No one is more pleased to see the surge in the smaller stocks than some of the fund managers who specialize in small-cap growth stocks, the hardest hit. "It's been tough," says Gary L. Pilgrim, portfolio manager of the $6 billion PBHG Growth Fund. "We're up 35% from the low in April, but our performance is barely positive for the year." As the accompanying table shows, the average small-cap growth fund is up 38.3% since late April, but only 17.7% year to date (though the best of the lot more than double that). Those funds invest heavily in the volatile high-tech, health-care, and retail sectors. Russell 2000 tech stocks are up 53.7% since late April but only 18.7% for the year. Small-cap value funds, which invest in more mundane financial and industrial companies, have gained less since the April bottom but are beating growth funds so far this year.

For sure, the investors will be hearing a lot more about the Russell 2000 in coming months. The "Russell" part of the name comes from Tacoma (Wash.)-based Frank Russell Co., one of the world's leading investment- management consulting firms. Russell created stock indexes a decade ago by ranking the 3,000-largest U.S. stocks by market capitalization. The 1,000 largest became the Russell 1000, and the back two-thirds, the Russell 2000. The two together make up the Russell 3000.

Institutional investors and market analysts have increasingly turned to the Russell 2000 as a measure of the small-cap market as the NASDAQ Composite, the principal over-the-counter market index, has become increasingly influenced by large-cap high-tech stocks such as Microsoft Corp. and Intel Corp. The median market cap of a stock in the Russell 2000 is $450 million, less than one-tenth that of the S&P 500. Many investors equate small-cap and high-tech, but technology accounts for only 13.4% of the Russell 2000. Financial firms, the largest segment, make up 23.3% of the index.

NARROWER SPREADS. As the small-cap stocks gained strength in recent weeks, money has started to roll in. "Fund investors are clearly rotating from large-cap to small," says Robert Adler of AMG Data Services. His data show that in the week ending Sept. 3, equity funds took in about $5.3 billion in new cash, about 40% of which went to funds that invest in small-cap stocks. Year to date, such funds have taken in only about 20% of new cash. There's not yet a lot of new money from institutional investors. In the first six months of 1997, small-cap managers accounted for about 26% of all new money placed, according to Eager & Associates, a Louisville investment- consulting firm. In 1993, a strong year for small-cap investing, that figure was 33%.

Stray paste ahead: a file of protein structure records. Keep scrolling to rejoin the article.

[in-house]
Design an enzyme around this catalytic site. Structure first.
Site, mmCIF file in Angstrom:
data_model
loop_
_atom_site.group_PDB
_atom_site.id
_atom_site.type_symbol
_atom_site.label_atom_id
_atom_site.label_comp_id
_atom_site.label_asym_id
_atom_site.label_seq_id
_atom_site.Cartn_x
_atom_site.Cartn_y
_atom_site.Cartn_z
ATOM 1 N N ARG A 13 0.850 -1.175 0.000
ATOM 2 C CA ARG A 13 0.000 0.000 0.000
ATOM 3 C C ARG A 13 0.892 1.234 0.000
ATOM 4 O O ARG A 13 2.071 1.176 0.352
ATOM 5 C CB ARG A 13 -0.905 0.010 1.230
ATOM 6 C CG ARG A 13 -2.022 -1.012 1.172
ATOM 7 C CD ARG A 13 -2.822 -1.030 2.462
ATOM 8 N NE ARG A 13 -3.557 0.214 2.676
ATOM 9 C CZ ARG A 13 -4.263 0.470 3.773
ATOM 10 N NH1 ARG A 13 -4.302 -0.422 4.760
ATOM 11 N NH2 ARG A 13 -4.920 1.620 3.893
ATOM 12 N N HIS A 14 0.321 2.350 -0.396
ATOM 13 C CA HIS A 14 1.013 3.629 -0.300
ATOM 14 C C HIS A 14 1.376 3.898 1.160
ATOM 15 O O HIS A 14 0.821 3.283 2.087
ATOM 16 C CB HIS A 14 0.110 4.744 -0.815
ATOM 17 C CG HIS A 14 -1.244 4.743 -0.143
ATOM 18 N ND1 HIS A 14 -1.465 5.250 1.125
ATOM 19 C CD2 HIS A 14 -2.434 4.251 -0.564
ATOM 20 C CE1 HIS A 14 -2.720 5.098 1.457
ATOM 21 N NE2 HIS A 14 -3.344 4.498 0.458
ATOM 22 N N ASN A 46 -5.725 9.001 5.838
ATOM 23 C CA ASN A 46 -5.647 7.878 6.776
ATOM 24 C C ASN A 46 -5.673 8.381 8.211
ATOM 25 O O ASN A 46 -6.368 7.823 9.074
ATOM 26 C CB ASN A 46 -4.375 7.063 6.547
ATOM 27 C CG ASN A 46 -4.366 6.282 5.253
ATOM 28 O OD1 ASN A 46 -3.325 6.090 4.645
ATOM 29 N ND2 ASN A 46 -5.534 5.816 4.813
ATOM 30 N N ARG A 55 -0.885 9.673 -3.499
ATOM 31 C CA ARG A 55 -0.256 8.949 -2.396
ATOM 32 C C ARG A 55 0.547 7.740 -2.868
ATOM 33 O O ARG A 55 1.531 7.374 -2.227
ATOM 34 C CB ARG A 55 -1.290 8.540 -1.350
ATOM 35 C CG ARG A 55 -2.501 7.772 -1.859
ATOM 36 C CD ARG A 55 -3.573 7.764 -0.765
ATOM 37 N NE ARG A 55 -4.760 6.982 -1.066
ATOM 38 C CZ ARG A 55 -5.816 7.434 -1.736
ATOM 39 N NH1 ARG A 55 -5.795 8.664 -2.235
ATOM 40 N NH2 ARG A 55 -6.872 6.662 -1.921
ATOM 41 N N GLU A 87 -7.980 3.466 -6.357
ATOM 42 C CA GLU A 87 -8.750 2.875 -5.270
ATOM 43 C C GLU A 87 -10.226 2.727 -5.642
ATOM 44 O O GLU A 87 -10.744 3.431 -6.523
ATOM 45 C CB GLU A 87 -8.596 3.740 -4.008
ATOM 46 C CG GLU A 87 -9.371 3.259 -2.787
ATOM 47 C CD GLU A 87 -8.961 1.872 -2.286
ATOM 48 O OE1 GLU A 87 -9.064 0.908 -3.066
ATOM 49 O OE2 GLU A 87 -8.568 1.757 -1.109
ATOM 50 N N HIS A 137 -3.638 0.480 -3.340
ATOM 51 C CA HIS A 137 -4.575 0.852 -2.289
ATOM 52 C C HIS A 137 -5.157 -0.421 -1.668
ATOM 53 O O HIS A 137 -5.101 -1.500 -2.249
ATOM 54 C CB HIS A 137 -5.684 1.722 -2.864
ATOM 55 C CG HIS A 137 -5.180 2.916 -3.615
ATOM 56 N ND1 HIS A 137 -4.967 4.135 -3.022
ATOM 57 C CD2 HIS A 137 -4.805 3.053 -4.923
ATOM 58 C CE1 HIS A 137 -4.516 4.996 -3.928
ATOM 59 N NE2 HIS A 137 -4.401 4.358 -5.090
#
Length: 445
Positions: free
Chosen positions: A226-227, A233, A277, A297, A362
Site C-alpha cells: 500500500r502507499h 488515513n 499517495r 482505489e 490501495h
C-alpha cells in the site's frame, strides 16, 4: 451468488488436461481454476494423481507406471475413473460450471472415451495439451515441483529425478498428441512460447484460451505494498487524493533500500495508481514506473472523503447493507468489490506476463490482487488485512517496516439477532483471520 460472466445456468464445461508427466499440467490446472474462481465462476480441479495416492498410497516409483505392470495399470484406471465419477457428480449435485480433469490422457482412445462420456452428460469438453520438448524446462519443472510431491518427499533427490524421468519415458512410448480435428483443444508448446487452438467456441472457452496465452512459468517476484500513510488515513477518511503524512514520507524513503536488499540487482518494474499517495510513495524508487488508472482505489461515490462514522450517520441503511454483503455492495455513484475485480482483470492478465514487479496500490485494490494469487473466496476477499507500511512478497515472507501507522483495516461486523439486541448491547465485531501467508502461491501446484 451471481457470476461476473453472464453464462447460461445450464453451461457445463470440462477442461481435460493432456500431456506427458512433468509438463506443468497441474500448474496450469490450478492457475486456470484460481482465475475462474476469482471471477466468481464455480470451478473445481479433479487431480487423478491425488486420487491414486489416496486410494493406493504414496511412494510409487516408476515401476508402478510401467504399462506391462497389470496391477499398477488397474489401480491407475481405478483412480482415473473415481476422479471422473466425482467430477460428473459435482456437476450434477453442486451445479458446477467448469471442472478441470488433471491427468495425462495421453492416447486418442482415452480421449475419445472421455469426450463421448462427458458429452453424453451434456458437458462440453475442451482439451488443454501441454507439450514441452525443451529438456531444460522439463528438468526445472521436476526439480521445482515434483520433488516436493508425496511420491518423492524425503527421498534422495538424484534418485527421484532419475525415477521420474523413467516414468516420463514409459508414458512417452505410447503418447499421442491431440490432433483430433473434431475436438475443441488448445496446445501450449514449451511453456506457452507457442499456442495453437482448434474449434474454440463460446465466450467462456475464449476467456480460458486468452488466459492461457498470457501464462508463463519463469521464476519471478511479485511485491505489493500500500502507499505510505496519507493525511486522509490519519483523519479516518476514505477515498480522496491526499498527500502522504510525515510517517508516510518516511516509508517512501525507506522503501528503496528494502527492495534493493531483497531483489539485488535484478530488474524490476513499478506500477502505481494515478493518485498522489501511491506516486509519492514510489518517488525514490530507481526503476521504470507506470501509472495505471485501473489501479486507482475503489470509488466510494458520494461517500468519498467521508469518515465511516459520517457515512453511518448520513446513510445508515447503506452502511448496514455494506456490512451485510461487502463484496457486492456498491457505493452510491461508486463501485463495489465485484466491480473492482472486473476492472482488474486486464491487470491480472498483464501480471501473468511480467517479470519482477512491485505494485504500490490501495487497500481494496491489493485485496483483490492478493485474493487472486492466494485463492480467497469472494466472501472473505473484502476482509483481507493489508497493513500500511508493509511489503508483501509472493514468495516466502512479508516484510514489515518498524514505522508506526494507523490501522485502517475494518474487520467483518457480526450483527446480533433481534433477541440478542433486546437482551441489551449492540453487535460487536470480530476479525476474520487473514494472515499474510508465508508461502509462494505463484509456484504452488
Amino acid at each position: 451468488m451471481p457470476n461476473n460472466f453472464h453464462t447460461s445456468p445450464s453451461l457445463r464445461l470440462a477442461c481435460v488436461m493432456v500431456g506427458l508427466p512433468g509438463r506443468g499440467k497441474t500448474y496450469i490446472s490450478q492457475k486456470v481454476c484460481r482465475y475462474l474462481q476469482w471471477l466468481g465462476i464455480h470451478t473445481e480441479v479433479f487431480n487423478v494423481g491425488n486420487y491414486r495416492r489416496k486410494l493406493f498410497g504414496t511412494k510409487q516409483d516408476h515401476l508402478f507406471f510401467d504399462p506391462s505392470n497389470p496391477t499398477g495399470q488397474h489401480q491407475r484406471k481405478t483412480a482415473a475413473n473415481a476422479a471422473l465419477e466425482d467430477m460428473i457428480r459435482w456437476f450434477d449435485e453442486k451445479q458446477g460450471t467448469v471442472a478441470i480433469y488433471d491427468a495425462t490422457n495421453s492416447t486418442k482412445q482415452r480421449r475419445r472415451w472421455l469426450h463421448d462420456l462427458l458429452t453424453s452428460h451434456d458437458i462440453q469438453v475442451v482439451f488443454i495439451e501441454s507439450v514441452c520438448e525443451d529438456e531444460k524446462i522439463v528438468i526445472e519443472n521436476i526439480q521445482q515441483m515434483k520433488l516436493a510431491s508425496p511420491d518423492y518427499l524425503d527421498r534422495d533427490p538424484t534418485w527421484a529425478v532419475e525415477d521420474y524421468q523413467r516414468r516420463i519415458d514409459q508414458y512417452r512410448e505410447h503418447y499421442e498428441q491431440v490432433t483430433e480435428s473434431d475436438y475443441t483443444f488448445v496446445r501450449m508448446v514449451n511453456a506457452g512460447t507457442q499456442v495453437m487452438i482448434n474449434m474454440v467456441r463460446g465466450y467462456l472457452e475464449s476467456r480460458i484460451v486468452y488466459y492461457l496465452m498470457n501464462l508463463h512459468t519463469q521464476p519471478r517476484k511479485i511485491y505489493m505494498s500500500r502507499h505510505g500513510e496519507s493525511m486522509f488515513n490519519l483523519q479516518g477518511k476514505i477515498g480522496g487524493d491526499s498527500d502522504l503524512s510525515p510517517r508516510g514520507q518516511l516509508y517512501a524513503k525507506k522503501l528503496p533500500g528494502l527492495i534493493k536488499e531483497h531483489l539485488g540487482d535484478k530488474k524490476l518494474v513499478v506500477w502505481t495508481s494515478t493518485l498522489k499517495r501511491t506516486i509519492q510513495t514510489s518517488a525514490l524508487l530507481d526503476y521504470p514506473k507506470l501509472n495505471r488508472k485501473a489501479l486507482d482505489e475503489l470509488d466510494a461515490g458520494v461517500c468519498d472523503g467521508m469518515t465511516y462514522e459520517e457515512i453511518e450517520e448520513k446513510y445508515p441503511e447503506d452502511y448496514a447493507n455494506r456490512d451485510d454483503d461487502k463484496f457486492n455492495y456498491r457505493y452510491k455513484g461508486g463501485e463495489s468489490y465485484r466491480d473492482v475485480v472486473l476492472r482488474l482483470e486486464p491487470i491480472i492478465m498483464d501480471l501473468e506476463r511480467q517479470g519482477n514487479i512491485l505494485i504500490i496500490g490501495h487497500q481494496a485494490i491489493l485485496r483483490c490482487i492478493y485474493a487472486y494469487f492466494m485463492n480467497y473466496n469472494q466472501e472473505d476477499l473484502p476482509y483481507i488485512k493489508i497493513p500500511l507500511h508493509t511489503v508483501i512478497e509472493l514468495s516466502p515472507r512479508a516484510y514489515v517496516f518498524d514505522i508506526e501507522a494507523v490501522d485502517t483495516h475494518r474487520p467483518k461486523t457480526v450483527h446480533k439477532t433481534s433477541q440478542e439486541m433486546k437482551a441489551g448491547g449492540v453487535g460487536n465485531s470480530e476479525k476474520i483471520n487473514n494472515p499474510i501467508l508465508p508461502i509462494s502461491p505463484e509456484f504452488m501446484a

Of course, a little money goes a long way in moving these stocks. The market value of the entire Russell 2000 is a little more than $1 trillion--about the same as the combined value of the six-largest stocks in the S&P 500. Some small-cap pros also believe structural changes in the over-the-counter market are having an effect on prices as well. Regulators have begun ordering market makers to trade the stocks with narrower spreads--in increments of sixteenths instead of eighths. The result is fewer market makers in many stocks, with remaining dealers keeping fewer shares in inventory. "That hurt on the decline," says Navellier, but he admits that it is boosting prices as demand picks up.

What could spoil this sweet scenario? A flood of bad initial public offerings, says fund manager Garrett R. Van Wagoner. He says investment bankers "are trying to bring out garbage they couldn't shovel out in the spring or summer." A few costly flops could send the whole sector into a swoon. The other danger, says Canelo, is a sharp increase in interest rates. But in that unlikely case, the large-cap stocks will get crushed as well.

William R. Keithler, who runs two Berger small-cap mutual funds, thinks that these stocks will continue to rally, but he says that this probably isn't the start of a huge upward move. Stocks of small companies, he notes, make their greatest gains coming out of a recession. That was the case in 1991, when the Russell 2000 logged a 44% return, but it's not the case now. "We've got a lot of ground to make up," he says. Still, making up that ground can make investors a lot of money.